I do think Tim's advice is good, but personally I wouldn't take it. If I felt the strong urge to say to my friend, "hey there is this one thing you said that bothered me, can we talk about it?", I would kick that urge away and just say to my friend, "hey man, thanks for sticking with me and giving up time and energy to support me. I know it's a lot to ask."

I also think your friend will understand if you need to hunker down and not talk to him much for a little while.
Maybe it is okay, maybe it will be okay.

BS, d-day Feb 2017, 16 mth affair.
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Anna26
Speaking after my own experience, I found it really hard to trust anyone as utterly and completely as I did my husband. And I think that is the real cost of being betrayed.  I read little things into what someone had said. Imagined what they might really mean, twisting things into a totally convoluted edition of a simple statement. It's a kind of self protective thing, because you are existing in a world of pain, fear and anguish. And for me, that feeling of low self esteem and self worth that is a constant part of my character anyway, just poured oil on the fire. But I've kind of pushed myself to look at things from the other persons side. In the end, they can only speak from personal experience, it's that simple. And a true friend will understand where you are coming from if you gently express your concerns. And sometimes, in the haste to 'help' it's all too easy to dispense well meaning advice. And I've found that I didn't necessarily want that, or someone to solve the problem ( impossible). I just wanted someone to listen and give me some kind of comfort.
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Keepabuzz
anthropoidape wrote:
The lesson I take from this is that we are ALONE with this. 


Sadly, this truly is reality. Alone. 
Male BS, D-day July 2015, trying to stay out of the dark.....
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Laurajean83
Keepabuzz wrote:

Sadly, this truly is reality. Alone. 


I do wonder if my husband also feels thus way.  I feel like we are together in this, but maybe he doesn't.  

I hope he doesn't feel this way?  Do you guys think your wife is aware you feel this way...  all alone? 
WW, Dday 7 months ago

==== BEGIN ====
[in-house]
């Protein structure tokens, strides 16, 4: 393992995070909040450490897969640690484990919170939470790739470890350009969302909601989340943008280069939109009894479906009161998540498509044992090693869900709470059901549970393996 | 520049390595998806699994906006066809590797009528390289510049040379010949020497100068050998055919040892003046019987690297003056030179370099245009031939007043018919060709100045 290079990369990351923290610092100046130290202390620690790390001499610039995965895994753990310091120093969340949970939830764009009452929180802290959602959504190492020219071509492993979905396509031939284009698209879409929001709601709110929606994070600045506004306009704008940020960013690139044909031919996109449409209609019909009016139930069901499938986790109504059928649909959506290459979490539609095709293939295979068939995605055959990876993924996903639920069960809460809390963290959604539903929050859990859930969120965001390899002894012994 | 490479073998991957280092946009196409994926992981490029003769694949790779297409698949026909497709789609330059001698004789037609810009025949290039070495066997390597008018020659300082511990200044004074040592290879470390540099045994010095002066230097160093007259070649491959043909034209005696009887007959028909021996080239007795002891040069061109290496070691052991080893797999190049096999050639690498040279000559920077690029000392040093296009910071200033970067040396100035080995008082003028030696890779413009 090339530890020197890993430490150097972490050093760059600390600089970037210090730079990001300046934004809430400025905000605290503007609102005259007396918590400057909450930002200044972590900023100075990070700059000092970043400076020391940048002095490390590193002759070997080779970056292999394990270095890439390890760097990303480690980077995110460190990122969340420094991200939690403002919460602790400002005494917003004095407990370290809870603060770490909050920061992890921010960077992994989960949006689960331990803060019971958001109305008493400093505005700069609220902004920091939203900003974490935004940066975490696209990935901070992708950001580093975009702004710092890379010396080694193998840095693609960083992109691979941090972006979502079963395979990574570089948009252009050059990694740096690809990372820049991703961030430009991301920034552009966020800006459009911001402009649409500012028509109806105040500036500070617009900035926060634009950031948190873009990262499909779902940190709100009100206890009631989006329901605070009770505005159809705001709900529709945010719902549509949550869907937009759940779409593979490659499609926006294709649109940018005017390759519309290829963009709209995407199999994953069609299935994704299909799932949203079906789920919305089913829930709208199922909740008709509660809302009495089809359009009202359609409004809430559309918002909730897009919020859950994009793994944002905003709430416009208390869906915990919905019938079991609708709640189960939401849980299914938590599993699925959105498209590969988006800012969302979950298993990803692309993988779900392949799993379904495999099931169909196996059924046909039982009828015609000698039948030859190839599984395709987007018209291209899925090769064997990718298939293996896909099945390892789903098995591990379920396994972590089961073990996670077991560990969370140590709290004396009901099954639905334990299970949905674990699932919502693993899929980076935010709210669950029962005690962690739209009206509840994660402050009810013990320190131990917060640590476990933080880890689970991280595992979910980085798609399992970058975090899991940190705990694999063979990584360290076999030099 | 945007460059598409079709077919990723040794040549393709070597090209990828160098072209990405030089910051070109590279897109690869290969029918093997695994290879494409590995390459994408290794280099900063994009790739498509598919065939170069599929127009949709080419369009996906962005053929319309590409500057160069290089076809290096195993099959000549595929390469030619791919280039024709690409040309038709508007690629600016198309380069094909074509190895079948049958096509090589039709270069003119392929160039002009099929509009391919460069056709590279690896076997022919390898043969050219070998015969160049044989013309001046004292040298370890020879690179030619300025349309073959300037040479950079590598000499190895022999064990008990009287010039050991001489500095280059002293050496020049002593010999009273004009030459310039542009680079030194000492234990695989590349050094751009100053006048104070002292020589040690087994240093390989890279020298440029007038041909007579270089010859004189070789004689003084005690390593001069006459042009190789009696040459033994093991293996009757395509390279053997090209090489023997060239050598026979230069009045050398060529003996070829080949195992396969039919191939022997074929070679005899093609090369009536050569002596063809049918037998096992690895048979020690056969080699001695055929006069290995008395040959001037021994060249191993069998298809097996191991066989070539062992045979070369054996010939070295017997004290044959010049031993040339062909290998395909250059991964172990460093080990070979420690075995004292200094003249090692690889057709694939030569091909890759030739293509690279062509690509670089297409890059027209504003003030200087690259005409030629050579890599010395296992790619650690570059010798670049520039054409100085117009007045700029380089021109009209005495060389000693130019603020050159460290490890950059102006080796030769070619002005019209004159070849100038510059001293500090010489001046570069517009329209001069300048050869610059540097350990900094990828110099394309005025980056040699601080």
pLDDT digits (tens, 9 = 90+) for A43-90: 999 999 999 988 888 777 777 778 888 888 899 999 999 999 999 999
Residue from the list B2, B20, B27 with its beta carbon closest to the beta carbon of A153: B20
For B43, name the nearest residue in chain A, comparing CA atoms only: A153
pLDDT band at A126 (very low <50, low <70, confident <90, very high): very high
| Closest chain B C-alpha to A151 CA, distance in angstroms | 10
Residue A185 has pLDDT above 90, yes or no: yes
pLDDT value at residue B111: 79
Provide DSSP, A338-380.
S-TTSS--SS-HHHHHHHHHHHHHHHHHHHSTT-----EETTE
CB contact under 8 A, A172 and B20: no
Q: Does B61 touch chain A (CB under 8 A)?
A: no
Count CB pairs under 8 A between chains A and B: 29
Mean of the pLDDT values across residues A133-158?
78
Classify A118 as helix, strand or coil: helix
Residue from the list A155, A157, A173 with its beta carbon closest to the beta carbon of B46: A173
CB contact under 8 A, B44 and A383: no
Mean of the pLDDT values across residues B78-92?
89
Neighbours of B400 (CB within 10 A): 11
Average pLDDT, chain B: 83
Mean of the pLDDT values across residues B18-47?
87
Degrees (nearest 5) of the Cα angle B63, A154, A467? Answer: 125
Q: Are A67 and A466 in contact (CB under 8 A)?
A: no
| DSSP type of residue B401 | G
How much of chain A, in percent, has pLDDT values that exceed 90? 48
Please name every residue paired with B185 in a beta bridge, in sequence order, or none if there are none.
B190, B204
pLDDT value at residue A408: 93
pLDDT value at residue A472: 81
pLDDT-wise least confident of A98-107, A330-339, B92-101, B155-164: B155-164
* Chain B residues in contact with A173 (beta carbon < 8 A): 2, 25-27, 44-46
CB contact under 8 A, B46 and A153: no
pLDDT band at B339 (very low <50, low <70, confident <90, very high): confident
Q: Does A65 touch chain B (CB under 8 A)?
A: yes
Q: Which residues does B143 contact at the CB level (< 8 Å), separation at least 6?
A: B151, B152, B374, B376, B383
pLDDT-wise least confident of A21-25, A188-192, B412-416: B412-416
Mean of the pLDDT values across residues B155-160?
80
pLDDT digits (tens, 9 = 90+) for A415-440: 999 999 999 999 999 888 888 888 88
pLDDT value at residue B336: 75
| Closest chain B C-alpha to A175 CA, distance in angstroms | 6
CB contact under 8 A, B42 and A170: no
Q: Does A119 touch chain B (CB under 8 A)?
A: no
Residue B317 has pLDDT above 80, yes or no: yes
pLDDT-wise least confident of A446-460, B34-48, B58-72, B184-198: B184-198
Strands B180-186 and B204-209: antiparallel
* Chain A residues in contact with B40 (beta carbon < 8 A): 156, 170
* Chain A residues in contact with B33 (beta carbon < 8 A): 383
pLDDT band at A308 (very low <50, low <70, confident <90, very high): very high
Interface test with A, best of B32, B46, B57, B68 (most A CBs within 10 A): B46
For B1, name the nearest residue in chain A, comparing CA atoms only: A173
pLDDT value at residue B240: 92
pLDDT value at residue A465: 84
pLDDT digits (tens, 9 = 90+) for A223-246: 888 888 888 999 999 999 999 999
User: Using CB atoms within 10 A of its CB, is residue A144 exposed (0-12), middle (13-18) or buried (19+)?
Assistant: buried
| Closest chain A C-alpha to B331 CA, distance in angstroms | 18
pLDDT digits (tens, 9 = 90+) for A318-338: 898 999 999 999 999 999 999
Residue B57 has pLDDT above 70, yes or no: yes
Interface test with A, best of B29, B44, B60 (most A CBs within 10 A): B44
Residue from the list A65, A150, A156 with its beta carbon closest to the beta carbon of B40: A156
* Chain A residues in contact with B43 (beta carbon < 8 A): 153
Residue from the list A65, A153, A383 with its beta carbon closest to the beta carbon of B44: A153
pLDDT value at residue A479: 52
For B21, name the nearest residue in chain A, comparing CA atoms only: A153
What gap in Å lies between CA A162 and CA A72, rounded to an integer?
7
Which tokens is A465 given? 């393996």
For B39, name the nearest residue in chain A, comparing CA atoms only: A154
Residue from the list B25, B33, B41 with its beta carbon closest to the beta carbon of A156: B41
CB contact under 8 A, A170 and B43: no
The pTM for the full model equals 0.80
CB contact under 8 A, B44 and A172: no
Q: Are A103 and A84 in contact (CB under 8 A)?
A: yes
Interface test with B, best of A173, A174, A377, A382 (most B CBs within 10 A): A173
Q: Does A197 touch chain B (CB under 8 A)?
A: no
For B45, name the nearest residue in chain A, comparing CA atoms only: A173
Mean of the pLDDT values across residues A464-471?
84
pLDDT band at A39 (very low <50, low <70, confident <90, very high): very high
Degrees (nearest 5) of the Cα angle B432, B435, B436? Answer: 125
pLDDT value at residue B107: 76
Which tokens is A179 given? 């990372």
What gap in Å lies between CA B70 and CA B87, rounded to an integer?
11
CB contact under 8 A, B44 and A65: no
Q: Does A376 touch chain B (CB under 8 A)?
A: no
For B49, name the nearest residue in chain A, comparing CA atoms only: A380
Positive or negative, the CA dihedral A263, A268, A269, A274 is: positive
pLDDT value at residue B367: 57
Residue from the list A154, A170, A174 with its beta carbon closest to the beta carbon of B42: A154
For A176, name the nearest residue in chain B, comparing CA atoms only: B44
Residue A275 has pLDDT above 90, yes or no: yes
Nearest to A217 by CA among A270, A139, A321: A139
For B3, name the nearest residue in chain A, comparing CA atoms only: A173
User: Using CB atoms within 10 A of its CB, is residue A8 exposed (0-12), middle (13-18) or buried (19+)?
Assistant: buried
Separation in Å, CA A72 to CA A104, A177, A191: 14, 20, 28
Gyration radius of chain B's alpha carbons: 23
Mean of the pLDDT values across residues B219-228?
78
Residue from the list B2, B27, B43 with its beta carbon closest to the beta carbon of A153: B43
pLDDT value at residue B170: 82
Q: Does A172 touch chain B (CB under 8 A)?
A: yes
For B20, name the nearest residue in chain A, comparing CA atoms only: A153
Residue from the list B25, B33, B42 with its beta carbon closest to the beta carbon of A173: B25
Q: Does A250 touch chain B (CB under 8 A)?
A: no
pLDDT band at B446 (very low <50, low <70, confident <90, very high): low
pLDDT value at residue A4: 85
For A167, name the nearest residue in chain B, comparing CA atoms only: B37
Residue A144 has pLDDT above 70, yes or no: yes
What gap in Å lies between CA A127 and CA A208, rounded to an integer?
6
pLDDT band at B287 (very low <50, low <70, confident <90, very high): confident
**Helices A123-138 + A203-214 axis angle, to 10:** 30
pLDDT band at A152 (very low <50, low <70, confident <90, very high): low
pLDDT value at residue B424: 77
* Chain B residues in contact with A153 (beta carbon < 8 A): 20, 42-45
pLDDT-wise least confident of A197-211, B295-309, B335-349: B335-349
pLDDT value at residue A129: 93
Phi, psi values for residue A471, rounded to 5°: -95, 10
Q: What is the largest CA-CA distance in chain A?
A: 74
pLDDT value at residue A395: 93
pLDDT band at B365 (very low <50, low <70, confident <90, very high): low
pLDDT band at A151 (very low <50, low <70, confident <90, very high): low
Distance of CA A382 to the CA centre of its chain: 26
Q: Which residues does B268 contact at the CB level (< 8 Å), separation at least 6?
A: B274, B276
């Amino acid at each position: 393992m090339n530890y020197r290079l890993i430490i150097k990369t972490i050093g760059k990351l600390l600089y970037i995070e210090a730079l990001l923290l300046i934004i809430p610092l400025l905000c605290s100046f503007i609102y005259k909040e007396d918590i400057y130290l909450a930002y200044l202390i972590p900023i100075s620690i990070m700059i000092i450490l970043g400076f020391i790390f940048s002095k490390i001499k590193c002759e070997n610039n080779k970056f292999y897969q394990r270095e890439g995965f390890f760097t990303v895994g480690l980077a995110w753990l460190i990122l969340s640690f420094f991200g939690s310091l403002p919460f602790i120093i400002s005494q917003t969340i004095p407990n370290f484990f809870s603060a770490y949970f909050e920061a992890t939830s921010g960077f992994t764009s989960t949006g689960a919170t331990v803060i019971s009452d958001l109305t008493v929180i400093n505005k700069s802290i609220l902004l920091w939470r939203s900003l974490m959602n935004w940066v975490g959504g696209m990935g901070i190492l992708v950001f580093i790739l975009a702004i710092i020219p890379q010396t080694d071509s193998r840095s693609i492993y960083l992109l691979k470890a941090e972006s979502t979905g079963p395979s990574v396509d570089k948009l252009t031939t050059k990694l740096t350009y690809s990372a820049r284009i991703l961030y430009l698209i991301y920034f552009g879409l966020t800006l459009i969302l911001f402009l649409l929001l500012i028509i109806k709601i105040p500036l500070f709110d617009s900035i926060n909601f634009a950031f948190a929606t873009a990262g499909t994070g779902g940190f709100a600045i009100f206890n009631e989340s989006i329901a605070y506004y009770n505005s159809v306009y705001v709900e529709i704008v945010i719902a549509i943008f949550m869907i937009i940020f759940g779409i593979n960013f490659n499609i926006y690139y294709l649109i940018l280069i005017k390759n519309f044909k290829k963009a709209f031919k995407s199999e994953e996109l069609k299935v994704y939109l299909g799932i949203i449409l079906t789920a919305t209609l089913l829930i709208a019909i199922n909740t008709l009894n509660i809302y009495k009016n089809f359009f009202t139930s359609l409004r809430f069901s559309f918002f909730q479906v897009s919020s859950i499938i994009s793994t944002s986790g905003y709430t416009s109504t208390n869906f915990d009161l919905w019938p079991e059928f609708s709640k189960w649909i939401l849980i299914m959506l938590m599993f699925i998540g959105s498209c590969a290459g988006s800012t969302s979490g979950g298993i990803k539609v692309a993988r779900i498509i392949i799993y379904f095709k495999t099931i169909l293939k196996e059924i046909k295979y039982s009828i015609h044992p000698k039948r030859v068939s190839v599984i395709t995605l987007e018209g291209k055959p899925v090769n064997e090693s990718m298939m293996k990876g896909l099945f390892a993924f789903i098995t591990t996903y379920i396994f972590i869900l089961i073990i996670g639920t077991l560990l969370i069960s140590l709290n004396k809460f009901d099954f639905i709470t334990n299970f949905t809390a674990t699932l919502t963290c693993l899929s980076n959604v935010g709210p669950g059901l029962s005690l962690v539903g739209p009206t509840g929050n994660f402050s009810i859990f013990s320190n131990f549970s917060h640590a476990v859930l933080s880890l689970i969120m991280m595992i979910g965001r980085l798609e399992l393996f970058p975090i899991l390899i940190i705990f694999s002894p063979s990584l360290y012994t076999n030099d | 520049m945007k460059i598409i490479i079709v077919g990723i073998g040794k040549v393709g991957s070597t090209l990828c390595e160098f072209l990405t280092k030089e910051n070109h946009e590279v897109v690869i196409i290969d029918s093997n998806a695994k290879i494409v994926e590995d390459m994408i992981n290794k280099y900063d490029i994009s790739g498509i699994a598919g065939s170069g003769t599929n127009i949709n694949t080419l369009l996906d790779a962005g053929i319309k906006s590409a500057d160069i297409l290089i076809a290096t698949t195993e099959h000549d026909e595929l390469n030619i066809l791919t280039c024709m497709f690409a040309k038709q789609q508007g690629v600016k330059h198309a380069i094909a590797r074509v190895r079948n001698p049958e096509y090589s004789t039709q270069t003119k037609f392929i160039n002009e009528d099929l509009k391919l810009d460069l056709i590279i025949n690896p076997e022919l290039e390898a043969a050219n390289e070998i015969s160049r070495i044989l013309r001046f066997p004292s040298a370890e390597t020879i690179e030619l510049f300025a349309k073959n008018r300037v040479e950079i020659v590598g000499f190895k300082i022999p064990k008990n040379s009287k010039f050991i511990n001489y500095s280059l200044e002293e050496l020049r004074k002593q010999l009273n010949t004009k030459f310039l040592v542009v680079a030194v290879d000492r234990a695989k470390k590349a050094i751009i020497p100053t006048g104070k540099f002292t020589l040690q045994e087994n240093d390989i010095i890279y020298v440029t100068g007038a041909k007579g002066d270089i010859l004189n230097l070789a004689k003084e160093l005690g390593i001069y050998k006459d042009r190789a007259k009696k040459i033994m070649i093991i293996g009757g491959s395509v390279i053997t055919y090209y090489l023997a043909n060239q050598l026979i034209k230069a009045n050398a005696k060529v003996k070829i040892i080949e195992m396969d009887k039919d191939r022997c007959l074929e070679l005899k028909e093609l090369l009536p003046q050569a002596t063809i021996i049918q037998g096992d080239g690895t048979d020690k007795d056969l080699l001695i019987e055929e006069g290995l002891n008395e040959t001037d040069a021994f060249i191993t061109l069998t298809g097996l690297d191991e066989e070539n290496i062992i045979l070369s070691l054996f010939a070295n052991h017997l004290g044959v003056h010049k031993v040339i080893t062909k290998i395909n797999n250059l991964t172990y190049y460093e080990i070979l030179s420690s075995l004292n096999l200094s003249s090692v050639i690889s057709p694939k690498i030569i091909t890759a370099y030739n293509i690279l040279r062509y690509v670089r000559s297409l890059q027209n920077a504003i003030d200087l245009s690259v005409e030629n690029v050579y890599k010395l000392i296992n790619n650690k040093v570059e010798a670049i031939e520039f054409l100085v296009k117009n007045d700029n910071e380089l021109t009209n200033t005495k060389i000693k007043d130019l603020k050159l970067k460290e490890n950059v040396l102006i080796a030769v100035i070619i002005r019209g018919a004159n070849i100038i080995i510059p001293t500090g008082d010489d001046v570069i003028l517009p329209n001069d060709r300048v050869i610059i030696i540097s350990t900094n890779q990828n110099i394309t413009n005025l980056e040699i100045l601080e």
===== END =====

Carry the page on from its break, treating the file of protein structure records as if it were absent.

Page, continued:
The heart is deceitful above all things and beyond cure.  Who can understand it.  Jer 17:9
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Ginger
Even if he says he doesn't,  he does.
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Laurajean83
Ginger wrote:
Even if he says he doesn't,  he does.


That is so heartbreaking I feel completely helpless.   I know this an impossible question but I will post it out to all the BS..

What can I do to make my BS feel less alone, and more loved? 
WW, Dday 7 months ago

The heart is deceitful above all things and beyond cure.  Who can understand it.  Jer 17:9
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anthropoidape
Laurajean83 wrote: I do wonder if my husband also feels thus way.

I would stake my life on it.

Laurajean83 wrote: Do you guys think your wife is aware you feel this way...  all alone? 

I would say my wife probably feels like we are together in this [smile]

No, actually, I don't know. She still seems to be focused mainly on how she feels. I really think she cannot understand the seriousness of what she has done, or the extent of the damage, or the effect on my inner life not in a day-to-day sense but in a minute-to-minute sense. Every single minute of my life is damaged now and most are not just damaged but ruined.
Maybe it is okay, maybe it will be okay.

BS, d-day Feb 2017, 16 mth affair.
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Keepabuzz
Laurajean83 wrote:

I do wonder if my husband also feels thus way.  I feel like we are together in this, but maybe he doesn't.  

I hope he doesn't feel this way?  Do you guys think your wife is aware you feel this way...  all alone? 


I don’t know, maybe?  I have told her that I feel very alone. I think that she just thinks that was a bad day, likely. I don’t think she can even begin to grasp of the depths of the loneliness.  I don’t go into great detail, because what exactly is the point? To make her feel worse?  Na, I’m past that. I don’t see anything positive in telling her that. The old safety I felt in our relationship, and really in the world in general, even though it wasn’t a great marriage is gone. There is no way that the feeling of being truly safe will come back. I am now alone in this world, I always was, I just didn’t know it. Not that I don’t have relationships, but there is no true safety. I am the only one I can truly depend on.